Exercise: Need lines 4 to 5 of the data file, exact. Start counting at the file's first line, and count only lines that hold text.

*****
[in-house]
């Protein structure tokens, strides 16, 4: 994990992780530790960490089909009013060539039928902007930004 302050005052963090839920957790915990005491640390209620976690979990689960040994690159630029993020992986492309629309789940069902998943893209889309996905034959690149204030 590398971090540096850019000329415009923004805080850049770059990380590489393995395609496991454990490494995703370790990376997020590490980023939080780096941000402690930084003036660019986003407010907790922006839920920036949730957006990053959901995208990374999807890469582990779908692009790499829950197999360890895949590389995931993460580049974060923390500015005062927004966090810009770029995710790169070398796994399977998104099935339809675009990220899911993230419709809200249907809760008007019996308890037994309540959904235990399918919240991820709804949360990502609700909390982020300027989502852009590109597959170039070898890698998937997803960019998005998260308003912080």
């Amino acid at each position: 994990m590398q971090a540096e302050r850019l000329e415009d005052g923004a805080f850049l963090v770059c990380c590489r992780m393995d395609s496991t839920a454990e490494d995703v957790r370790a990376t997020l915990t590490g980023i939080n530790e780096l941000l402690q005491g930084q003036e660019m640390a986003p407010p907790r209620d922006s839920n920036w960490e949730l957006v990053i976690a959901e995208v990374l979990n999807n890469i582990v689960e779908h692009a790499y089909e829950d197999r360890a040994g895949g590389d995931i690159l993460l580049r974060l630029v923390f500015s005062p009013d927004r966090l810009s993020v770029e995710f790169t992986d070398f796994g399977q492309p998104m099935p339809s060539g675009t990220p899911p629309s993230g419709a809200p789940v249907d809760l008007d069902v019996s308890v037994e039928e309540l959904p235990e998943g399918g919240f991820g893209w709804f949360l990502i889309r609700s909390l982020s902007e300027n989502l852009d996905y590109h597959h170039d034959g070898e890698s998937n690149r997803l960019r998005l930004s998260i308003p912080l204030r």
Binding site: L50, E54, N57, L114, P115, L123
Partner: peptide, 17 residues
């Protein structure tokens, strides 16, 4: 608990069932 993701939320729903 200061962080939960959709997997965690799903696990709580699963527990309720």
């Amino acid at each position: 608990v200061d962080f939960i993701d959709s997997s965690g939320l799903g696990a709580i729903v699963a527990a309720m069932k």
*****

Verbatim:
Binding site: L50, E54, N57, L114, P115, L123
Partner: peptide, 17 residues